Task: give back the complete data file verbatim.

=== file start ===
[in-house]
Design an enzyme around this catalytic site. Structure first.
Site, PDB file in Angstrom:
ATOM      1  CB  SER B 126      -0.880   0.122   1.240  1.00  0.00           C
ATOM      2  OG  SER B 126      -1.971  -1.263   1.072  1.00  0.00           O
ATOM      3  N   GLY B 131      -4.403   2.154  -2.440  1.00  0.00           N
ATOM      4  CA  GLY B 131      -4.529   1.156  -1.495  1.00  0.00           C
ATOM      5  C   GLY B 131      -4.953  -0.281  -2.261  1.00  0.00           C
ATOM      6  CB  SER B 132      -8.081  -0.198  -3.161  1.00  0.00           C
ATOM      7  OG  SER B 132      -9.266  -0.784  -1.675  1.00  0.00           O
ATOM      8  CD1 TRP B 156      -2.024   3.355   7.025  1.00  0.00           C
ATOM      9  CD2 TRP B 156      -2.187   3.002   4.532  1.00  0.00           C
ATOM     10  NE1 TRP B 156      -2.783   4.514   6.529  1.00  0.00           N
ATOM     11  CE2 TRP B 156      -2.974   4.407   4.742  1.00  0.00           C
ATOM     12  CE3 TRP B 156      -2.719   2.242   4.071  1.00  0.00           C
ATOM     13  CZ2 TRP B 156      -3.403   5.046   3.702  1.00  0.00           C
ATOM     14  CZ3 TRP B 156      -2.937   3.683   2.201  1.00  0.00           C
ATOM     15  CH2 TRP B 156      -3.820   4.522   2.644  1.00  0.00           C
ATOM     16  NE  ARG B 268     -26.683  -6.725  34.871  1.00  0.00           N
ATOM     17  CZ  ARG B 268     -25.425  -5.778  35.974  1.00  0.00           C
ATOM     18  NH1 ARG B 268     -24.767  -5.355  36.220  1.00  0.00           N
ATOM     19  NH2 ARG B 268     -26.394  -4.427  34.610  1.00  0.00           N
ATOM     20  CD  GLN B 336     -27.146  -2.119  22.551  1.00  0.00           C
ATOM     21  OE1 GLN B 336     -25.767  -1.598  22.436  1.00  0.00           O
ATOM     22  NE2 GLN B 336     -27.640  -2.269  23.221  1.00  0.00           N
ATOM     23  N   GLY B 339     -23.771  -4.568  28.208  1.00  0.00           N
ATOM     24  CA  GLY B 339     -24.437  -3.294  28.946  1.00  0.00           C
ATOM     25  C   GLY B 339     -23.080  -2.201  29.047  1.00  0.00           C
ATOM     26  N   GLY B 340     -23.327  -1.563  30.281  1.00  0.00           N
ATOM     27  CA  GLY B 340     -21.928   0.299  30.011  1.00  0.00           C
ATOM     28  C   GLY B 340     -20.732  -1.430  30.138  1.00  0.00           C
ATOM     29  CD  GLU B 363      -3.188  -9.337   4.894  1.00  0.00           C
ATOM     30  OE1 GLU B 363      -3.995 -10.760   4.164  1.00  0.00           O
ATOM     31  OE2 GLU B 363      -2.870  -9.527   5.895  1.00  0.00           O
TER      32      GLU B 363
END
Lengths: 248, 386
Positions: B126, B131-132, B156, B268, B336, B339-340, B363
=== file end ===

[in-house]
Design an enzyme around this catalytic site. Structure first.
Site, PDB file in Angstrom:
ATOM      1  CB  SER B 126      -0.880   0.122   1.240  1.00  0.00           C
ATOM      2  OG  SER B 126      -1.971  -1.263   1.072  1.00  0.00           O
ATOM      3  N   GLY B 131      -4.403   2.154  -2.440  1.00  0.00           N
ATOM      4  CA  GLY B 131      -4.529   1.156  -1.495  1.00  0.00           C
ATOM      5  C   GLY B 131      -4.953  -0.281  -2.261  1.00  0.00           C
ATOM      6  CB  SER B 132      -8.081  -0.198  -3.161  1.00  0.00           C
ATOM      7  OG  SER B 132      -9.266  -0.784  -1.675  1.00  0.00           O
ATOM      8  CD1 TRP B 156      -2.024   3.355   7.025  1.00  0.00           C
ATOM      9  CD2 TRP B 156      -2.187   3.002   4.532  1.00  0.00           C
ATOM     10  NE1 TRP B 156      -2.783   4.514   6.529  1.00  0.00           N
ATOM     11  CE2 TRP B 156      -2.974   4.407   4.742  1.00  0.00           C
ATOM     12  CE3 TRP B 156      -2.719   2.242   4.071  1.00  0.00           C
ATOM     13  CZ2 TRP B 156      -3.403   5.046   3.702  1.00  0.00           C
ATOM     14  CZ3 TRP B 156      -2.937   3.683   2.201  1.00  0.00           C
ATOM     15  CH2 TRP B 156      -3.820   4.522   2.644  1.00  0.00           C
ATOM     16  NE  ARG B 268     -26.683  -6.725  34.871  1.00  0.00           N
ATOM     17  CZ  ARG B 268     -25.425  -5.778  35.974  1.00  0.00           C
ATOM     18  NH1 ARG B 268     -24.767  -5.355  36.220  1.00  0.00           N
ATOM     19  NH2 ARG B 268     -26.394  -4.427  34.610  1.00  0.00           N
ATOM     20  CD  GLN B 336     -27.146  -2.119  22.551  1.00  0.00           C
ATOM     21  OE1 GLN B 336     -25.767  -1.598  22.436  1.00  0.00           O
ATOM     22  NE2 GLN B 336     -27.640  -2.269  23.221  1.00  0.00           N
ATOM     23  N   GLY B 339     -23.771  -4.568  28.208  1.00  0.00           N
ATOM     24  CA  GLY B 339     -24.437  -3.294  28.946  1.00  0.00           C
ATOM     25  C   GLY B 339     -23.080  -2.201  29.047  1.00  0.00           C
ATOM     26  N   GLY B 340     -23.327  -1.563  30.281  1.00  0.00           N
ATOM     27  CA  GLY B 340     -21.928   0.299  30.011  1.00  0.00           C
ATOM     28  C   GLY B 340     -20.732  -1.430  30.138  1.00  0.00           C
ATOM     29  CD  GLU B 363      -3.188  -9.337   4.894  1.00  0.00           C
ATOM     30  OE1 GLU B 363      -3.995 -10.760   4.164  1.00  0.00           O
ATOM     31  OE2 GLU B 363      -2.870  -9.527   5.895  1.00  0.00           O
TER      32      GLU B 363
END
Lengths: 248, 386
Positions: B126, B131-132, B156, B268, B336, B339-340, B363